The passenger pigeon used to be the most numerous bird on Earth. Then, in less than a century, it was driven to extinction at the hands of humans. This month marks the 100th anniversary of Martha, the last passenger pigeon’s death.
There used to be billions of passenger pigeons. Literally. And that’s passenger pigeons, not carrier pigeons by the way, which are still alive and well today. When Europeans arrived in North America, there were between 3 and 5 billion passenger pigeons there. The passenger pigeon, Ectopistes migratorius, were highly sociable, living in huge colonies with up to 100 nests in a single tree. Continue reading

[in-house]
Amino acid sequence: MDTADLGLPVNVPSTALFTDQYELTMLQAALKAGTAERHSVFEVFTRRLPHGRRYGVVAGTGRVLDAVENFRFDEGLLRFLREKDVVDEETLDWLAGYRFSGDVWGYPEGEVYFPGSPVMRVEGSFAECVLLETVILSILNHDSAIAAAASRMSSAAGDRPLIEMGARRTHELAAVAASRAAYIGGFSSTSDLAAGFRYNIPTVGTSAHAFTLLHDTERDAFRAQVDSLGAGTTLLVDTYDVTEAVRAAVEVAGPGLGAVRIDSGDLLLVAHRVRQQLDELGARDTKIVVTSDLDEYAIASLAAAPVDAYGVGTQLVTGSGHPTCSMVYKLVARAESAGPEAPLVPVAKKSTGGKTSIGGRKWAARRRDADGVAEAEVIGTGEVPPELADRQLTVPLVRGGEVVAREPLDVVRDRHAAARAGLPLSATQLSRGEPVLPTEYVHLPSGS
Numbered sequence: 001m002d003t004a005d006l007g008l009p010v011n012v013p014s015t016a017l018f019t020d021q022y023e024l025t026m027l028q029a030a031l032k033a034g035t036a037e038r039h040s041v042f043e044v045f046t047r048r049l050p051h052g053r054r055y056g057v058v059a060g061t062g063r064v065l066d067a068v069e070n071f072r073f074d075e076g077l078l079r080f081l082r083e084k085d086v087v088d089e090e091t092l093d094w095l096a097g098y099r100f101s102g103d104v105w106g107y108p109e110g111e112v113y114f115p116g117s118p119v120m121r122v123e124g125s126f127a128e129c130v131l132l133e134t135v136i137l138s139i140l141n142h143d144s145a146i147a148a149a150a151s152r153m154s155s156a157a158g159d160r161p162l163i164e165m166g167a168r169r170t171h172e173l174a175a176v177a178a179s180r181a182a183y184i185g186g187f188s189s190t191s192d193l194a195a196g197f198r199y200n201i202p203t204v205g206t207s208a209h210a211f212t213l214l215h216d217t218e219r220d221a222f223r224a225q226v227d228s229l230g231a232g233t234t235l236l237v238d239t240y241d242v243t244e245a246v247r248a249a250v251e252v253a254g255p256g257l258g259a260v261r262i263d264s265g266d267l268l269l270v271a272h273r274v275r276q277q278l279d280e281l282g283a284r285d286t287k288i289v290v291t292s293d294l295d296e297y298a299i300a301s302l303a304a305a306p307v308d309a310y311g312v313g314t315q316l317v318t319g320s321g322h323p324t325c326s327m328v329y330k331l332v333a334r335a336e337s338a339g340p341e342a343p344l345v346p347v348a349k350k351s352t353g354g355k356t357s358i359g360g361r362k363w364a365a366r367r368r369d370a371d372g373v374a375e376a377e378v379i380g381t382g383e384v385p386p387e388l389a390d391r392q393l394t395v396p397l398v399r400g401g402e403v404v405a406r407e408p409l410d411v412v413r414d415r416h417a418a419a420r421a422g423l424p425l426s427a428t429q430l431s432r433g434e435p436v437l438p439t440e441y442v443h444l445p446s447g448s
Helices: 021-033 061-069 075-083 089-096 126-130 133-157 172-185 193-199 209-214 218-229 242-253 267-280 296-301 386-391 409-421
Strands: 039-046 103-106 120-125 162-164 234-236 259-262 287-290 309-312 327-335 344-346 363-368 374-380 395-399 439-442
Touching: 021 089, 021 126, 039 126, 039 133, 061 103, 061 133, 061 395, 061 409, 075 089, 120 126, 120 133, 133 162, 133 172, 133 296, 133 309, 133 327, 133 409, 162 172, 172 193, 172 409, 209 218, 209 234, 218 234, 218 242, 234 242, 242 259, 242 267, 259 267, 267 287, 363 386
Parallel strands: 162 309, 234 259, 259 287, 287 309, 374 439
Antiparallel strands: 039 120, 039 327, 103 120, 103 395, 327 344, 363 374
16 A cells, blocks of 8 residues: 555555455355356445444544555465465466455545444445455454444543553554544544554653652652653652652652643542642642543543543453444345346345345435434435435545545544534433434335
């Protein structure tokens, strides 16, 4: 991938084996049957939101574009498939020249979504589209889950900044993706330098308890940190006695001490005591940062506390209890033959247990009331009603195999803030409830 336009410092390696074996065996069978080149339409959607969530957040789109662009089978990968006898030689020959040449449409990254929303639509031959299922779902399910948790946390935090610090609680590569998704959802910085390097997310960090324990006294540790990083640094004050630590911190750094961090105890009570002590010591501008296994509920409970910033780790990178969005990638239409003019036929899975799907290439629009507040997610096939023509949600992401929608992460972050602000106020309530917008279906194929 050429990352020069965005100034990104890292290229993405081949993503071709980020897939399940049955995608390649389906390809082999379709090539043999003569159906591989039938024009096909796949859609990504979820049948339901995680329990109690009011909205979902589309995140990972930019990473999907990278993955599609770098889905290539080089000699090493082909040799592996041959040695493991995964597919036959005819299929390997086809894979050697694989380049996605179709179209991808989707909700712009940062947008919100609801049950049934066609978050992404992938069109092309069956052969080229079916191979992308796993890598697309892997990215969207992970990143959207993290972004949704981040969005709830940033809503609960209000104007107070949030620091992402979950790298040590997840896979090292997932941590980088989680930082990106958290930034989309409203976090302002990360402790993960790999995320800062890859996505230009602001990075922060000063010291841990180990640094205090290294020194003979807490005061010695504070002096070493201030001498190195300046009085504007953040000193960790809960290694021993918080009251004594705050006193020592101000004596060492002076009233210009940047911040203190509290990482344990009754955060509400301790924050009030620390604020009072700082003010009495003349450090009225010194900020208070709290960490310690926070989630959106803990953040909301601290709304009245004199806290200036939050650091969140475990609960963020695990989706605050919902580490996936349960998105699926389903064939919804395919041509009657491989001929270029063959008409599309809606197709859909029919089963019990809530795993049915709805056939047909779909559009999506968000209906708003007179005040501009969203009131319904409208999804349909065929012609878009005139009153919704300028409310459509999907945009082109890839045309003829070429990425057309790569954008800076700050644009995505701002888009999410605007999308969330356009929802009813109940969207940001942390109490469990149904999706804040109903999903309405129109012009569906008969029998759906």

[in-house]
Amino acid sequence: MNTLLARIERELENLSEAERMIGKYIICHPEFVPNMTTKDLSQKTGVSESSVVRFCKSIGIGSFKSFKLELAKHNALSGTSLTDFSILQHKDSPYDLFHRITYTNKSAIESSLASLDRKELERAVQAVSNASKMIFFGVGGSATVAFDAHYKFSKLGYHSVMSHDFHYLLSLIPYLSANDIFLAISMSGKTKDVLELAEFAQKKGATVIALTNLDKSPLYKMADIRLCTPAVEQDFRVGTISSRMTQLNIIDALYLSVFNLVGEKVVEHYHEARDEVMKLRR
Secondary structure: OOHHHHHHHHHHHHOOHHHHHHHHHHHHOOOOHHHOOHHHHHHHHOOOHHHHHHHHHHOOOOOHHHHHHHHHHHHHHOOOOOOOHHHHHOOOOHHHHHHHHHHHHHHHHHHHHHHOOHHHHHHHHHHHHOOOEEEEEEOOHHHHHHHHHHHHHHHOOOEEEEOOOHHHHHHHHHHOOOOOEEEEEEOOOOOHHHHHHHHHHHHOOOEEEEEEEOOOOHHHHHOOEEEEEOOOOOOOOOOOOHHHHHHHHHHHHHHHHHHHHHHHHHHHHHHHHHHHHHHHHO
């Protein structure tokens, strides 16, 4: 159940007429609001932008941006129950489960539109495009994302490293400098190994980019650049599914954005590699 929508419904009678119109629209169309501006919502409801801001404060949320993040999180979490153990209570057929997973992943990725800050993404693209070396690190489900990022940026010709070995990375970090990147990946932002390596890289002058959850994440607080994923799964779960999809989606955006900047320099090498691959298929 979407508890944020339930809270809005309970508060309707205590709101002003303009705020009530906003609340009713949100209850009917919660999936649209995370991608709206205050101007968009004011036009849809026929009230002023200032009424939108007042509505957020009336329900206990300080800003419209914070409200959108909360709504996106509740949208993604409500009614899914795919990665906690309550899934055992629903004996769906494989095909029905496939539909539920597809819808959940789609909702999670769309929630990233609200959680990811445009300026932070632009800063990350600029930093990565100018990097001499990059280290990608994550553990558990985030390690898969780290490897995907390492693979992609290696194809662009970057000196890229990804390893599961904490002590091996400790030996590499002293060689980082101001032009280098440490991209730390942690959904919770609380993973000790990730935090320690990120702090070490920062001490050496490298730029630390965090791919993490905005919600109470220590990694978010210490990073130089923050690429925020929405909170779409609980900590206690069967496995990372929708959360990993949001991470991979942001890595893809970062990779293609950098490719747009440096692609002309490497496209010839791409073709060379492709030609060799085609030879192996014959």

In West Africa, the African oil palm has been cultivated for centuries. The plant was considered to be very useful, since it’s red oil-rich fruits can be used in a variety of products including soap, candle wax and engine lubricant. In the late 1840s, it played a key role in the British Industrial Revolution, and when it was discovered that the (west) African oil palm grew rather well in the hot, damp climates of the Far East, plantations began to spring up in Malaysia and Thailand. Palm oil is an extremely versatile vegetable oil; it is highly fractionable, meaning that it can be separated into many different products. On top of this, the oil palm is an extremely productive plant, producing 3.6 tonnes of palm oil per hectare; up to ten times more than other oil-producing crops such as rapeseed, sunflower or soyabean. Palm oil seemed to be an excellent choice of oil. Demand grew, and plantations spread into Malaysia and Indonesia in the 1930s. The oil palm is now grown on almost every continent on Earth, although the vast majority is still found in Southeast Asia.
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